Logansport Pharos-Tribune from Logansport, Indiana on March 22, 1894 · Page 4
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Logansport Pharos-Tribune from Logansport, Indiana · Page 4

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Logansport, Indiana
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Thursday, March 22, 1894
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Page 4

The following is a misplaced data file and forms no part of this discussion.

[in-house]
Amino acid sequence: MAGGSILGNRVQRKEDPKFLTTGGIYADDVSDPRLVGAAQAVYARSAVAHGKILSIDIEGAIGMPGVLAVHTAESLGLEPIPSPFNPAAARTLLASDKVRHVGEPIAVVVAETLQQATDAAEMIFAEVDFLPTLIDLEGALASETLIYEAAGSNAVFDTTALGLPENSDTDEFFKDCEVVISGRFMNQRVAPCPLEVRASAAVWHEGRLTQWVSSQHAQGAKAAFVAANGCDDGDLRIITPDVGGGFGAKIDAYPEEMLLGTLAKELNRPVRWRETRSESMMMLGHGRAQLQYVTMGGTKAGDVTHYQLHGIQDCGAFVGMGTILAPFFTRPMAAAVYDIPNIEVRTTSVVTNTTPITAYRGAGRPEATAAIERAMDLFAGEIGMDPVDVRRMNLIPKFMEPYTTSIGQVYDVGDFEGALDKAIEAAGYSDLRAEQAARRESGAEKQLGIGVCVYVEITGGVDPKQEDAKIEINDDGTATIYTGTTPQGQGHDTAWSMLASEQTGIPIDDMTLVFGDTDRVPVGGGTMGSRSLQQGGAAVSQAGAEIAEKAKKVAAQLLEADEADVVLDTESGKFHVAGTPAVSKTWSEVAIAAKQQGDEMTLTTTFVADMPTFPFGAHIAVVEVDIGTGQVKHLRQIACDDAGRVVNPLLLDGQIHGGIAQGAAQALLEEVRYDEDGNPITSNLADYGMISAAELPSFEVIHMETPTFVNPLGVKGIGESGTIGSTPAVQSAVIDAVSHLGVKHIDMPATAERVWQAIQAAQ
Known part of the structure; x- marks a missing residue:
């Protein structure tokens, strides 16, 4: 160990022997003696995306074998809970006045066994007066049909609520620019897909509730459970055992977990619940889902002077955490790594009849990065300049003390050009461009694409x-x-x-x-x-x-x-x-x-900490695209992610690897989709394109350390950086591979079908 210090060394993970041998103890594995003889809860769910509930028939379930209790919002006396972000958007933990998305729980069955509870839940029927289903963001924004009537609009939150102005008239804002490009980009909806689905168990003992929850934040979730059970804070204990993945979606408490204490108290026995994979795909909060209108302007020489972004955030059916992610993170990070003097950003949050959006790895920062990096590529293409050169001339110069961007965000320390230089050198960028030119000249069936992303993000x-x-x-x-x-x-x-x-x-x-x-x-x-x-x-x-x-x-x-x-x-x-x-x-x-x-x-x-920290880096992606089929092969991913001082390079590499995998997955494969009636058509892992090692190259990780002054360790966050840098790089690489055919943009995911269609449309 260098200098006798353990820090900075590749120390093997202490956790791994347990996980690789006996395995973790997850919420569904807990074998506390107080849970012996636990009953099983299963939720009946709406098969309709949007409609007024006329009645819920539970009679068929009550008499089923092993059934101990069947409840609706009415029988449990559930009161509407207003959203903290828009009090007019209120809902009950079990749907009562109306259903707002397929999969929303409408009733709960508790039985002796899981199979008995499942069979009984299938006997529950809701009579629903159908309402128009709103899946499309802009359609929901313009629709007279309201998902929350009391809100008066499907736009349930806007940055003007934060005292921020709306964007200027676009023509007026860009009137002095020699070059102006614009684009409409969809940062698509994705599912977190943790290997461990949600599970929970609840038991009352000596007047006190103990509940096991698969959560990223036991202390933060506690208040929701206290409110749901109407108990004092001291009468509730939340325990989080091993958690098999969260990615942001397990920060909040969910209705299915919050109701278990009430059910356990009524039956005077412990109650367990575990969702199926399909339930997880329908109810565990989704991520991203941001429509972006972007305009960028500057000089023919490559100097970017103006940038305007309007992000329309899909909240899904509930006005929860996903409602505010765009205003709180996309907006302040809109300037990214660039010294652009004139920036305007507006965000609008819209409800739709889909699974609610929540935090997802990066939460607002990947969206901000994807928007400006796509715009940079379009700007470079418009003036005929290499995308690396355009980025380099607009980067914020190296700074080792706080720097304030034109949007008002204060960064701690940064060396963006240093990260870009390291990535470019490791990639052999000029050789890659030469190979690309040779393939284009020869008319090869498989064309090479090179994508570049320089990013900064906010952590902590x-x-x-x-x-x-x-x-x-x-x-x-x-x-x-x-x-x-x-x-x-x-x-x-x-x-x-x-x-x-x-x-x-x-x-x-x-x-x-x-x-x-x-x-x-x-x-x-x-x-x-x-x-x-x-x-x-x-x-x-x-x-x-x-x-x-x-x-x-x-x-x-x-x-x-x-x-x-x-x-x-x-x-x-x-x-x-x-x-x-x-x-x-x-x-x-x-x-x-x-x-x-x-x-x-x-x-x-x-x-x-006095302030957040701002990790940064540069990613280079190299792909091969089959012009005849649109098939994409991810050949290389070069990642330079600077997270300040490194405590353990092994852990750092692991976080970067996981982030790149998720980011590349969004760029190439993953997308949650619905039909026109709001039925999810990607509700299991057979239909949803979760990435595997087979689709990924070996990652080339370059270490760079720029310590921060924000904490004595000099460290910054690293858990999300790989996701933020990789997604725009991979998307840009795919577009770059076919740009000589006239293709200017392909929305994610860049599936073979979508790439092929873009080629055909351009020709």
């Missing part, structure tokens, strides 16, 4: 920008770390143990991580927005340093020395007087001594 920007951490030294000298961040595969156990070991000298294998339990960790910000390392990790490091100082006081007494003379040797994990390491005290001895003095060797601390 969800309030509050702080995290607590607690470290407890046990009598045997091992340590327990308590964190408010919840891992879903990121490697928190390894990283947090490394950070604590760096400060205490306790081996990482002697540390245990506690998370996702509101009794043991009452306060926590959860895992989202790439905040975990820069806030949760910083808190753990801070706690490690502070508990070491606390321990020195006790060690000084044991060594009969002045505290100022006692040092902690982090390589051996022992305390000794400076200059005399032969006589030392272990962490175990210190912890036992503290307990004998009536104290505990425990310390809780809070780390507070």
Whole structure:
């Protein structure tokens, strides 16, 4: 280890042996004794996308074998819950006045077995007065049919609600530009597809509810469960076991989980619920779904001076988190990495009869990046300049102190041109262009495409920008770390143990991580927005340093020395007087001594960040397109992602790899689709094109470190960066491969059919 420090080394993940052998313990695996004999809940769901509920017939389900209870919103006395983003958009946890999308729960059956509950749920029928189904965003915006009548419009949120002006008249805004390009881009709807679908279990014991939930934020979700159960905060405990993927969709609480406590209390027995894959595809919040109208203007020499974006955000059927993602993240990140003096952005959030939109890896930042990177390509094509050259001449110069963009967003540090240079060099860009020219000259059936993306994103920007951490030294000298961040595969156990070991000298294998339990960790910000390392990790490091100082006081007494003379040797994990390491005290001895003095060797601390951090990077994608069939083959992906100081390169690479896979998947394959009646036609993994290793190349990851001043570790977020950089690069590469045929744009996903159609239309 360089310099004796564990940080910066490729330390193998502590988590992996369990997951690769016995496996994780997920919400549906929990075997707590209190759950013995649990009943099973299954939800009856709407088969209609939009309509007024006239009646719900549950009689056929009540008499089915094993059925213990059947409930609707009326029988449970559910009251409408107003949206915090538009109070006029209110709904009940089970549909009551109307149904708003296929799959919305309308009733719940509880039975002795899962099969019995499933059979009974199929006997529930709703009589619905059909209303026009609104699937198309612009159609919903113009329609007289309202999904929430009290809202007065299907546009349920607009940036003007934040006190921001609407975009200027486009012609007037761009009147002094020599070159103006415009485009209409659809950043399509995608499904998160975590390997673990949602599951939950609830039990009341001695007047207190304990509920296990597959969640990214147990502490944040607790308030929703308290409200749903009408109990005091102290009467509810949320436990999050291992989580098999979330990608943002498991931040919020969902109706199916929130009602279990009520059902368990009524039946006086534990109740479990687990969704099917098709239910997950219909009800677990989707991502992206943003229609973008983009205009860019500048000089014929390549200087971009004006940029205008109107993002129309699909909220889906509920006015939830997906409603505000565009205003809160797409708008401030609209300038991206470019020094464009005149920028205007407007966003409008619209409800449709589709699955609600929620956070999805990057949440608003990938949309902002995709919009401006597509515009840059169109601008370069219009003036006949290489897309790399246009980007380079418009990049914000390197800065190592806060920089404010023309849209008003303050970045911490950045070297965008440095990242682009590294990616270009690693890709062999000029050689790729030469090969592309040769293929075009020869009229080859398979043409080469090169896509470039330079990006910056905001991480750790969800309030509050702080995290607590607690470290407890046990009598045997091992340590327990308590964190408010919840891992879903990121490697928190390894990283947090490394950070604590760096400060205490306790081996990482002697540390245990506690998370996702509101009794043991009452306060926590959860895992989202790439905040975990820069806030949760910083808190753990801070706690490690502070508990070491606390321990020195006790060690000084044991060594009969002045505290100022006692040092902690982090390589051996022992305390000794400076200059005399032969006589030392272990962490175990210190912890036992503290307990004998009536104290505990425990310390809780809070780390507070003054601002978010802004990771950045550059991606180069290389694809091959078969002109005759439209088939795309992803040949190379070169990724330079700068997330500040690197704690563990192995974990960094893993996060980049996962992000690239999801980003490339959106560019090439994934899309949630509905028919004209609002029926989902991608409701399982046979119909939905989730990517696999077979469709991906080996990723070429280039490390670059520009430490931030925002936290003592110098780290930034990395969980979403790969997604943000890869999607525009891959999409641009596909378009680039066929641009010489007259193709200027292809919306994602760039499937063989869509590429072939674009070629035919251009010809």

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John Gray's "CORNER" ON S1JORT LENGTHS IN BLEACHED AND UNBLEACHED .MUSLIN, BEST PRINTS OF DIFFERENT BRANDS. OUTING CLOTH, DENIMS, SHIRTING CHECKS, ETC, THESE ARE SHORT LENGTHS OF THE BEST POODS, FRESH FROM HEADQUARTERS. NOT SHOP-WORN REMNANTS. COME AND SAVE MOSEY. 1,1. Henderson & Sons OF FURNITURE, rt iS D UPHOLSTERS. Ho. 320 Fourth Street, iOGANSPORT, IND. t-ACTOKY: Jos. 5,7 ana 9 Fitto Street, FREE READING ROOM, Open Dally and Evening, 616 Broadway. Welcome to AIL f. M. BOZER, D. D. S. DENTIST. fie "Hale Painless Met&o<T used in tne filling of teetn. Mflee over state National Bank ^•wier Fourth and and Broadway TIME TABLE LOGANSPORT •Mt-Tork topwii, dMlr ftWMn»i8om..«Mpt8undM...,. ..... On at7 * Toledo b., «xopt BBndRJ 11:16 8 m 4«BnUo«n>ro".5»<ly- AwommaaaUan for Kut ..... ™ ................... 10:23 a ra Wart ..................... 1MU m nd»r . *LoaUH.,(JiillT ••I HlT.r Dlr., Loumji.porl, WMl , Mdc, 1A9T BOtWD. 4MOBddKitoD, LMT«. vxoept Bond »j. 10 M » m i " " l:Wpm n, Le«v« WEST DOUHD. Miomodiitlon, arrlTe, except Siindar, 9:10 a or. Tho 3'onnsylvar.ia Station. ennsy vania Lines, ulnH Run hy Central Ttra<« AH K(t[.1.0V.'.< : Illillf. I l>,iily,i>n:"'.'t Snnclny. ••3OM I,OUAN*l'OKT'rO Bradford and Columbus Philadelphia and New York,, Richmond «Bd Cincinnati... Indlinapolli Mid Lonutille. Crown Point and Chicago Richmond and Cincinnati... Crown Point and ChlcaKO Mn«r.ccal Krdtfit Bradfo.-daml Columbus Montlcello and Eftner........... Indlniiiisolloand LoulBTllle.. Richmond and Cincinnati.. Bradford and C'otambos Aumvx .*l'iSl) n m • S.OU a m • 3.110 am .•IH.rJOara »li.60»ni .•U.4U am .• 3.16am .+ B,«»m .t ff.inam f v.iopm t I.TOaro tUMfittm .(8.iw«ui f n.aopui ,t&HJam ' •12,<5 p m «IL: i(]pm • i.5f) p m .. i • 1.55pm ...» 2,'JCpin • 1.2ftpm x'muiwiv'* 1 "* mtv *,i-.» »w..c.t i,iij p ni i' ^ " MoctlCBllo and EOner * a.-U I in t 7.J5 n in — • l.nu p m * 2.15 p m .• 110 pm *12.i!0pm ..f a.sopm «l.«J«ni v ., w 1 MIM wuli"«L/u.i......... Philadelphia and New York.. 1 "" ICBllO Kokomo and Hletimond Wlnaniuc Accoinu'latlon Marion AcccinoLiitlon I. A. MOCULLUDUH . ,t -i.tio p in t ^.•l•> y in .+ j 30 p m t 9.-W a u> Ticket Anent. Loi|an<port, Ind. VANDALIA LINE. trains Leave Logausport, Ind I OB THE NUBTH. • flon - 1 FOB THI BOOTH, D. 7.M ^ M. Ito H.UI, . lM« »" Mm « , «EQ (or loll infoimatloD u to raUe tfcui,*to.,a drew C. EDGEWORTH, AflCDt, LOOANWFOBT, IND DAILY JOURNAL PabllHhed every dny in the week (except Monday by the LooASSumT JOUHNAI, Co. Price per Annum Price per Month $6.00 - 60 TIIK OFFICIAL PAI-KR OK THE CITY. I Kmerert us .lecotul-cliiss matter at the Loguns- pori rust Otllee, February S. 1888. "| THURSDAY MORNING. MAUC11 22. THK DAVIS BRIDGE. The. Journal publishes this mornhip the report of Frank C. Osborn of Cleveland, one ol the leadinp onpi- auora of tbe United States, on the Dav'.a bridge. Engineer Osborn ghowa that the bridge- Is three feet short and only ji twenty pound bridge where the specifications call for eighty pounds Ho shows that the shoe used to piece out brings tlie weight onto the edge of the pier and that it ia already crumbl- IDC »way under the improper weight placed upon It. The report confirms the report of Engineer Colemun which was mysteriously suppressed. This bridge was built over Eel river at about Twenty-fifth street, at n, cost of $G,000. The money was paid 'or it almost in full before its completion and acceptance. No engineer was employed to po over the original spocifi- ciitlons. County Engineer Beck, who has had no experience in bridge work, alono examined them. They were made by the brldfro men and even then wcro not conformed to. The Commissioners, the Auditor and his deputy aad the County Surveyor are placed in a very bad light before the public. Any one can see that the bridge is weak and one of the beat engineers In the United States states that it ought at once be condemned as unsafe. Upon those officers rested the work 'of performing this public duty and there has been woful neglect to say the least. THE JACKWirrOWNSHIP BRIDGE Right on top of the Davis bridge scandal cornea another complaint about the Jackson township bridge. The Lafayette Bridge Company got the contract for $871,50. The lowest bid was $654. The Lafayette Bridge Company is constructing a bridge in a neighboring county over Eel river The Williamsport stone quarry men are doing the atone work under a subcontract. Williamsport and Lafayette are only a few mllea apart and the two companies seem to work together. When the Commissioners came to examine the bide on the Jaokaop township bridgothey employed the Williamsport stone quarry agent as an engineer to paee on the bida. The result waa that the lower bids were thrown out and the Lafayette company got the contract. When it came to opening the bide for the atone work which will amount to about $1.700. Contractor Gleltz of this city had the low. eel bid on the specifications by $2 per yard but at the last moment other bids were called for. The bids wore opened in secret and Contractor GleiU of this city had a bid of J9.75 per yard. Tho WlUiamsport atone quarry man who had passed on the bridges had a bid of f9.75 for the same work and ho was given the con. tract. Thus the man who gave the contract to the Lafayette company as an engineer was given the preference over a homo bidder at the same figure. It was a remarkable /act that the bids should bo exactly the tamo. It waa remarkable that the Commissioners should refuse to give employment to home people whonHt costs no more to do so. Mr. Gloitz is naturally indignant as his card In another column bhows. THK Ph»ros~after attacking the City Clerk for not making his reports attacks the Journal for not defendltg him. This ia characteristic of the Pharos and ehowithe deceit and trickery It habitually indulges in. The last democratic clerk made no rf ports for two or three years yet the Pharos ;aid nothing. Tho Journal has no XCUBO to offor for any departure, however trivial, from the regulations. Tho Clerk made his January report last evening and tbe Pharos should pjlvo him proper credit. COUNCILMAN BEAM voted against the Erie avenue purchase. Mayor Read and the other four democrats could have voted with him and defeated it. Tho Pharos attacks its democratic council, and as the Journal is not defending Mayor Read, who holds the deciding vote, ithas nothing to say. The Pharos and Us council for It. . . IT Is doubtful whether old John Davis himself could walk across the Davis bridge with safety. THE DISPENSARY ACT. Summary of South Carolina's Po. ouliar Liquor Law. Gov. Tlllnwn Consul!!™ tho .Smto'n WlmJo- KIllO Liquor KHtiililioIimi'llt il Socctiiw —Canduutcil l>y M«n Wlio Muni; Ito Totlll AbntnIniTil. Several Kr.i-,>|H:;r:i tfuvrrnmonts enjoy n tftlm'c" inoi.inpoly, but the stutu of Soutli Ciii'iiliiiii wont llu.-Mj cil'iito monuivliios u;\e butter when itongaguil in thi! lii|uor business. <«>v. Jiynjiiinin R Tillin;i.n, who 1'ivMrtus ov«r tho destinies of the Palmetto state wit.h con- eideruble graeo and some firmness, is a firm believer In the populist idea of paternalism. His influence was not trrciit enough to command the adoption by the United States congress of fiscal reforms and moral statutes; so he went quietly to work at Columbia, the pretty capital of South Carolina, and with STATE DISPENSARY AT COLUMBIA, tho aid of his democratic-populist followers passed a law known to tho world as tho "dispensary net." This law lias been in force since July 1, 1893. Its advocates claim that it has solved the liquor problem, but its opponents assort with equal firmness that it has retarded th<: growth of genuine temperance sentiment and made the state of South Carolina ridiculous in the eyes of the world. ]Jc that us it may, the people of the United States have watched the effect of tho dispensary act with excusable interest, even though but few have familiarized themselves with its provisions. An impartial observer would be apt to oonsider tho ]aw reasonably benellccnt, provided tho state government had at its disposal -sufficient funds and informers to enforce it. The law contains twenty-five sections. Its salient points might be summarized as follows: No one is allowed to manufacture, sell, barter or exchange, or keep or offer for sale, any spirituous, malt, vinous, fermented or other intoxicating liquors except regularly appointed state dispensers. It provides for the appointment of a dispensary commissioner, at an annual nalary of 51,800 a year, and such assistants as he may require to transact the nffairs of his office. All liquor sold by the state dispensary must be tested by the chemist of tho Soutli Carolina college, and no liquor must bo sold to county dispensers for more than BO per cent, above tho net cost; all profits to be paid by the stain dispenser to the state treasurer monthly. Each package of liquor sold by the state dispensary must have attached to it a certificate stating that the contents have Ix-en purchased in accordance with the provisions of law. Before shipping liquor to county dispensers it must be put into packages of not less than one- hali pint nor more than five gallons, and county dispensers must, not break sueh packages or open the same for any reason whatever. Goods must bo sold liy package only, and purchasers nre prohibited from opening them on the premises. Tlu> state dispensary is under tho supervision of a state board of control, and the county dispensaries are governed by county boards of control con- Bistiii!,' of three persons who must not be addicted to the USD of intoxicating 1 liquors. If.any county dispenser, or his clerks, siiull buy liquors from any other person except the state commis- ho is tfuiity of a misdemeanor WARRANTED US. STANDARD PROOF Tim OFFICIAL LABEL. •which is punishable by fins or imprisonment. Persons desiring to be made county dispensers must not be addicted to the use of intoxicants, must be citizens of tho United .States, and give a bond of 83,000, said bond belnj for thc.pseotthc county or any individual •who"nmy be ilainag-ed By reason of any. violation of the provision;, of the liquor law. There may be one dispenser appointed for ouch county, whose plaoo of business must bo at the county seat, except for the city of Charleston, v.-heri: there may be ion dispensers, and the city of Columbia, whorn Uicj'.v may be three dispensers. In the judgment of county boards of control dispen- Kiries may bis established in towns oilier than the county seat. County dispensers aru required to take a solemn oath that they will carry out every provision of the law and that they will Hot sell ffoods to minors, intoxicated persons or persuns known to be habitual drunkards, nor mur>t they charge more than no per cent, libovc cost for any and all liquors sold by them, llefoiv selling or deliverinj; intoxicants to any person, they must insist upon having filed printed or written requests, suiting the atfc and residence of the signer, for whom and whose use tile liquor is required, the quantity and kind wanted, anil the true name of the applicant. A heavy penalty is provided for dispensers g-uilty of adulterating- or u-eaki-ninp with water the chemically pure liquors furnished by tho state eomiaissiojicr. Licensed (iruiorists limy purchase liquor for compounding medicines and extracts that cannot be used as beverages. They can obtain necessary supplies at the county dispensaries at an nd- v.iJiCL-of ID percent, over net cost. Places where intoxicating liquors are sold for drinking purposes, in violation of this act, are d'cclarod common nuisances, and must be soixrd by tin-sheriff anil their owners fined and imprisoned. Section -~> of tiie :u'.t, prohibits thi>. briliK'nfT "f li'pi"r into the state, by any person, and fi.vt>s ;i penalty of .«.V« for cae.h olVense and imprisonment in the, county jail for one year. Navigation, railroad and express companies which liiiowintrly transport or briny liquor into the state, are subject to a fine o£S">0'J f»r oach oil'onsc, and knowledge on tbe part of any afrcnt of such company is deemed "guilty knowledge." The governor'is fjivcn authority to appoint state constables at S:; per day and expenses to enforce the various provisions of the act, which, by the way, repeals no local laws prohibiting the sale of intoxicating liquors. Gov. Tillmaa. who hah been called the father of the dispensary l;nv, claims that its results have so far been pratifyinir. The people of the state are gvtting- pure lirjunr at .1 fair price. It is true the stnte commissioner charges fifty per eent. profit and the county dispensers add another fifty per cent, before the liquor reaches the consumer, but one hundred per cent, is considered n very small margin in the whisky business. The state dispensary at Columbia Is unquestionably the largest wholesale liquor house in the south. It occupies a preat double store building- at the edge of the state capital grounds. It was for- Highcst of all in Leavening Power.— Latest U. S. Gov't Report. Baking Powder ABSOLUTEIY PURE BOTTLIMO DEPABTMEST. merly occupied by the state department of agriculture, a bureau which was legislated out of existence a few years Bg-o. In its place the populist legislature established a state agricultural college which is being conducted in conformity with the most modern ideas. Tho affairs of th« dispennary are inanaped by Mr. D. II. Troxler, who bears the official title of state liquor commissioner, Mr. Troxler is an ablo executive officer and probably the only manager of a gigantic wholesale liquor house who is a total ab« stainer. The state commissioner is responsible for many things, lie must see that every flask of liquor is properly lubcied. The labels—a picture of ono Of them forms the subject for an illustration—are very pretty, :md arc af- iixed to the bottles Iry a little army of women anfl ffirJs. The dispensary is supplied with the latest, improved machinery for drawing liquor from barrels and vats. It has a steam stopper machine for oorkiny bottles and a bottlinir machine. Kvery package, after having- been examined, is closed with sealinff wux on wliioh is impressed the official state stamp. The state government lias had considerable trouble with a number of transportation companies whose managers have violated the law many times. Peace cannot be restored until the supreme court, of the United States has passed authoritatively on the constitutionality of the dispensary act. Meanwhile spies by the score are kept busy hunting up bootleggers, manager.') of so-ciilli.'d dubrooms and Other violators of the law. It ra:iy upem st.nuuw that thousands of thirstv South Carolinians would rather pay exorbitant prices to illicit dealers for poisonous stuff than buy pure goods from the official county dispensers. Tho only explanation can be the human weakness for forbidden fruit- Many citizens object to the law because it lias created a numerous body of professional spies who are recruited from a questionable stratum of society. The idea of a state constabulary is repulsive to many who take a sincere interest in the temperance movement. It is, to say the least, un-American, and lias but little excuse for existing in a country where the people are clothed with law-making powers. I.'.ut it is entirely too early to pass a. just opinion on the merits or demerits of the dispensary act. After a trial of two years tile people <>f South Carolina can return to their old system of liiea.1 option, or they can rid the existing law of tiome of its objectionable features. In tho mennlime the. Tili- nianite plan will be watched with interest by the nation at lai-ge. G. \V. tt'Kirl'lEBT. TOLD BY THEIR FINGER TIPS. Mule rickiiocketx Almnxt liivurlubly Are CoiMiint Cieurotti.' Smokers. "In my entire experience," said a \vell known Chicago police justice, "1 do not remember a. single pickpocket, who had white linger tips. The very last one of them is a cigarette fiend and the juices of tobacco stain the ends of the digits a dirty yellow." lie proceeded to declare that so in- llexibly is this true that when a culprit is brought before him on a charge <>f emptying pockets and reticules the state of tl-.e finger lips is accepted as corroborative evidence of innocence or guilt The Chicago pickpocket is a nervous, wiry, shrewd, alert and illiterate fcl- ]o\v whose work demands a stimulus which docs not exhilarate, and he finds it in the cigarette, which he fully believes is charged with some hypnotic or narcotic drug. JIu does not, as a rule, alt'ect opium direct, although many of the-female experts are pronounced morphine n'ends. However uupalatablc to national pride it may be yet the fact remains that nearly or <iuite all of the Chicago gentry arc natives of the United States. They are graduates of the streets and slums, have no knowledge of books and never read the newspapers for the best of all reasons. While shrewd and able to talk glibly, yet from the standpoint of the grammarian they talk badlj-. Nothing can be more admirable than the adroit manner in which they conduct their cases when under arrest. They make no confessions under "sweating" processes, but frankly admit their offense—if caught in the fact and the stolen property is found in their possession. It is significant, however, and a Bad commentary upon the efficiency of the law's administration that so few of the light-fingered reach Joli«t They are frequently arrested, but readily furnish bail and by means of continuances and divers other devices contrive to stave off trial until Prosecuting' witnesses disappear or die. Nothing will daunt them and they "carry off things" in the court room with as decided nonchalance, if not with as great elan, as the Artful Dodger under the same trying circumstances. The profitableness of the vile trade is shown in the fact that when arrested the pickpocket almost invariably has money provided for his defense. The most successful ones invariably dress well and spend money freely. It is scarcely possible to estimate the extent of their depredations, for tlie reason that their dexterity is such that a large majority of the victims have no consciousness of the robbery. When they finally miss their pocketbooks. diamonds, or Other valuables they eon- chide they ha.ye lost or mislaid them, and. deciding that what has been lost is gone irrevocably, they say nothing about the matter. J^Tlie cotton and woolen mills in and around Worcester, • Mass., are resuming operations, and about seventy per cent, of the old employes are at work. Orders are coming in. but the manufacturers say that buyers insist upon lower prices. So goods must be produced for less money, and reductions in wnges are the rule. TUB em- ployes find that work at lower p»y IS better than idleness, and so tneru nas been no trouble on account of the reduction. Democratic wages must follow democratic cheapness. — Troy THREE YEARS MORE. Three years more or grief anil Grovcr, \\ mill! in F<io.!:!Css thoy were over! For t)i!s lime] is very weary ot iU) weight of \v:uit :iml wnc. A!:U we're Min: but fc'.v woulil euro If This btcftrti iiroplirt of low tari(T Were to inu-li i:ls collar box to-clny and fet rJgLl up :im] KO. A'.l his pror.:!s<,s arc Ijus'-od. Kvrry Imp;, in v,'liit:3i men trustetl— Ail tlie roir.!xiw-i:ni«r measures which he H\vore \\-ouM prove Die lirsl II;»v(? been toyM v.'Uh to our sorrow. And if [lien i!O'.f;d vole lo-morrrow They would swine Hint fn'e-ir:tdc failol his and fcmxk it £;i!ley xvchU FW.orie.f are closed luul quiet; SOIID is now the proper diet, SL'oros ur worlhy men are piiupcrrH askinc alms upor. the MroeV. Men who in thft las: election Thought :h:\L'irover was perfection. Marclici! anil liowlcil and carried his banner T'.ll -.Vy'J bll.sters on thfir feet Yes, Ihn.v've learned the Jessoti acar'.y For they now .st-o vory clearly Thit tho iX'licy hc'o following will wrt'cl; and diy^rranKO. Three years more or Krief and Grover Then once more we'll In; in clovi-r 1 For In lf»0, yO'J bet 1 we'll have another clirnct'. —N'.xor. Waterman, in Chicago Journal. Dr. Kilmer's SWAMP-ROOT D. H. BILGHR, Esq. jlulmcville, Pa. CURED WHEN All ELSE FMLED! La Grippe Baled! The After Effects Cured READ WHAT MR. BILGER SAYS; T Imd the GK1PPE In tbe flint place: caught coW and grew worse. Itkxlgixl ii>my KIDNEYStuid LIVKK, nnd Oh ! such pain and mlwry In my bmck and legs. I was all run down and discourse). I tried cvcrythlnB without Iwnefit. Physicians gave n»e up to die. I commenced to use SWAMP-HOOT, and before the first l»tUe was gone, I felt better, and to-day am just as well and strong as ever. SWAMP-ROOT »«vcd my life. It is the greatest remedy in the world." D. H. Bllgw. e««r»tt« — UK voatftta ol Op* ««r»t« — noUlc, " I"" *™ ** Ix^oOKx!' £"«• glftwill reiaat to you Uie prtw l»U"I««»«'' «•"•«• "f 1 " 1 " *•* CoturulteUoa Trw. Dr. Kilmer's PARILLA LIVER Pn,w are the best. 42 pi Is, 25 cent*. •HCT» iifamn ~ -—^—^^^^^^^ • :i Has made many friends, j; - Why? Because it is the* - best and cheapest lini-;: i; mentsold. It kills painli; ;iSrMffnoNoiLl | is sold by all dealers for2?c|; SubstiiulM arc mostly ch«p imitt- < > lions of K ood articles. Don't take > thorn. Inr.M 0:1 Kf-.t-M"; hALVATlOlf » On-, or you will be disappointed. ' ' {<>*»<!>*<»*****•************ niir-tir LANfiE'S PLUGS. Th« 6r«»t Tob«e«» CHEW ^i.ole !-Pric. 10 CU. »! :» .-•«* AHVSKIKVTfi. HA HOUSE. Awarded Highest Honors-World's Fair. D*PRICE'S Th« only Pure Cream of TarUr Powder.—No Ammonu; Xj> A-.'iffl. Used in Miltonc ' c T Tomes—40 v " - *' ^' r ".^ FRIDAY, MARCH 23. The rrlnce of Cerman Connily. Tlie Only run I GUS WILLIAMS in His LateH LaUKDins ^uecpfs. "APRIL FOOL" «eo. W. June. Jl.inager. Eerletewlth New Music, Songs and Specialties, interprctated by a Clever Companj of HIGH CLASS VAUDEVILLE ARTISTS. Prices, We, We and i*. Seats on salt at latter- son'f.